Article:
The latest annual report from New London Architecture on the planning pipeline for tall buildings is available. Developed with research partner, Knight Frank, the report surveys buildings of 20 storeys or more across London that are either under construction, have planning approval or are in the pre-planning application stage.
Ealing Matters has added the latest findings to its analysis of NLA’s reports from the start of the survey in 2014. Trends worth noting are:
- The overall number of tall buildings in the pipeline fell during 2019 for the first time since reporting began – from 541 to 525 buildings, a fall of 3%. The report attributed this to political uncertainties last year (e.g. regarding the UK’s relationship with the EU, the general election).
- Despite a fall in number and share, tall buildings continued to be most heavily concentrated in the Eastern (Tower Hamlets, Greenwich etc.) sub-region. The Western sub-region saw continued strong growth, the Central (Southwark, Lambeth etc.) sub-region somewhat less, giving these two sub-regions a roughly equal share of the pipeline in 2019.
- Whereas the number of tall buildings in the pipeline was either stable or down in most boroughs in 2019 compared with 2018, Ealing added a further eight to its pipeline – more than any other London authority – bringing the total recorded by NLA for the borough to 32. Ealing now ranks sixth across all 33 boroughs compared with ninth last year.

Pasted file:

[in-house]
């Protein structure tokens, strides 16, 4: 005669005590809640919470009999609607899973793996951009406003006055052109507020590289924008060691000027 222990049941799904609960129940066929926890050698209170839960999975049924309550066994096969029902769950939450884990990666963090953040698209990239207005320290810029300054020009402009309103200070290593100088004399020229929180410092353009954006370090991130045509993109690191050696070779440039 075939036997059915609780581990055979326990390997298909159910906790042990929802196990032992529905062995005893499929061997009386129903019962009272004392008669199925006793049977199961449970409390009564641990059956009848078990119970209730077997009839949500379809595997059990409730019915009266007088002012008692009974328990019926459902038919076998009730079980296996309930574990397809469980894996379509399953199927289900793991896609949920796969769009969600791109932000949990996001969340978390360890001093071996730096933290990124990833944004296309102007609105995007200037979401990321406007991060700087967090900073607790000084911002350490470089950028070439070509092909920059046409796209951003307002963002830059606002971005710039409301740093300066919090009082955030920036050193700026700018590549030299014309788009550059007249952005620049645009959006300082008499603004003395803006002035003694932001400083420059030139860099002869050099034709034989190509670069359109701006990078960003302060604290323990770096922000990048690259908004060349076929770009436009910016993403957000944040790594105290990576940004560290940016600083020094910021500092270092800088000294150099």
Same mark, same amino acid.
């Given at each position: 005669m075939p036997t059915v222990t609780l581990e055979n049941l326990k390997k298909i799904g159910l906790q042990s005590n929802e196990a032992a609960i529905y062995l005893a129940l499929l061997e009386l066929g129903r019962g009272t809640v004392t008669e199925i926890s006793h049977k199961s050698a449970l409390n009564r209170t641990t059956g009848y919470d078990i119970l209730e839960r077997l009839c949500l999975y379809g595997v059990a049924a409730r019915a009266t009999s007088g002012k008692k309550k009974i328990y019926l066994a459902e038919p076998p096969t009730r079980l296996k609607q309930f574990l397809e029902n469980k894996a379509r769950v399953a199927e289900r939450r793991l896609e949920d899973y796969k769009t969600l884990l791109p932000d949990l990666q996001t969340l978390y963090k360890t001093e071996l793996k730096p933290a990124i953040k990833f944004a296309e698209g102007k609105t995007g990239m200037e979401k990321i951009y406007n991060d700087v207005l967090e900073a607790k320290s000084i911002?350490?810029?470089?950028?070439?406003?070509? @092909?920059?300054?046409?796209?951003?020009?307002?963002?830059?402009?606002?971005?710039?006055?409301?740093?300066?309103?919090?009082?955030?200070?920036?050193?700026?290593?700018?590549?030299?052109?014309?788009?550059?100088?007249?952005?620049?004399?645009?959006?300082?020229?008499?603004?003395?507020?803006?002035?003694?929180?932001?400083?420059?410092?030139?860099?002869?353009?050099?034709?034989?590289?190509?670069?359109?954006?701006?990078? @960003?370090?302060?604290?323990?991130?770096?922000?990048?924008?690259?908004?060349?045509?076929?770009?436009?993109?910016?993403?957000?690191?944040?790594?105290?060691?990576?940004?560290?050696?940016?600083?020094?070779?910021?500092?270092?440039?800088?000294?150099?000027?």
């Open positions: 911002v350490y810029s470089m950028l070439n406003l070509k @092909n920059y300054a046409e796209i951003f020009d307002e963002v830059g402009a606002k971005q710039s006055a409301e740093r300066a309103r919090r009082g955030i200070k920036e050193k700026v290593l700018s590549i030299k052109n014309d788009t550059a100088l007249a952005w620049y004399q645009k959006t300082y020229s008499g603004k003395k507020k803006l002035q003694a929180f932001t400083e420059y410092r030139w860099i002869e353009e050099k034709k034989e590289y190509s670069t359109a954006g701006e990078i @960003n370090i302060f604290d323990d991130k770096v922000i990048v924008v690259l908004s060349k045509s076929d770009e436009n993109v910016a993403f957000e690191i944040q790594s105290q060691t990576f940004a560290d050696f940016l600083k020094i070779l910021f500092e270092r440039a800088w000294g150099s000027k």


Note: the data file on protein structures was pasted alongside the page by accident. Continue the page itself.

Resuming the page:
- By contrast, seven outer London boroughs have continued to resist the trend towards tall buildings: Bexley, Bromley, Havering, Hillingdon, Kingston upon Thames and Richmond upon Thames.
- For the first time in 2020, NLA analysed the 60 tall buildings completed in 2019 by housing tenure. Around a quarter (24%) of a total of 16,470 units delivered by tall buildings were classified as affordable, well short of the 40% required by the current London Plan.
In contrast to last year the introduction to the report sounds a note of caution for the future:
‘… we do not know when the new London Plan will be finally adopted given Robert Jenrick’s scathing letter to Sadiq Khan at the beginning of March. This merely adds to the uncertainties we face in 2020. The closure of sites because of Covid 19 will reduce the numbers of completions and developers will hesitate to push the button on new projects. Add to that the impact the Grenfell Fire and new building controls, changes to the planning system and call for ‘gentle density’ by Jenrick and this year may mark the first drop in the growth of development of tall buildings in London for a decade …’
Can somebody tell Ealing Council?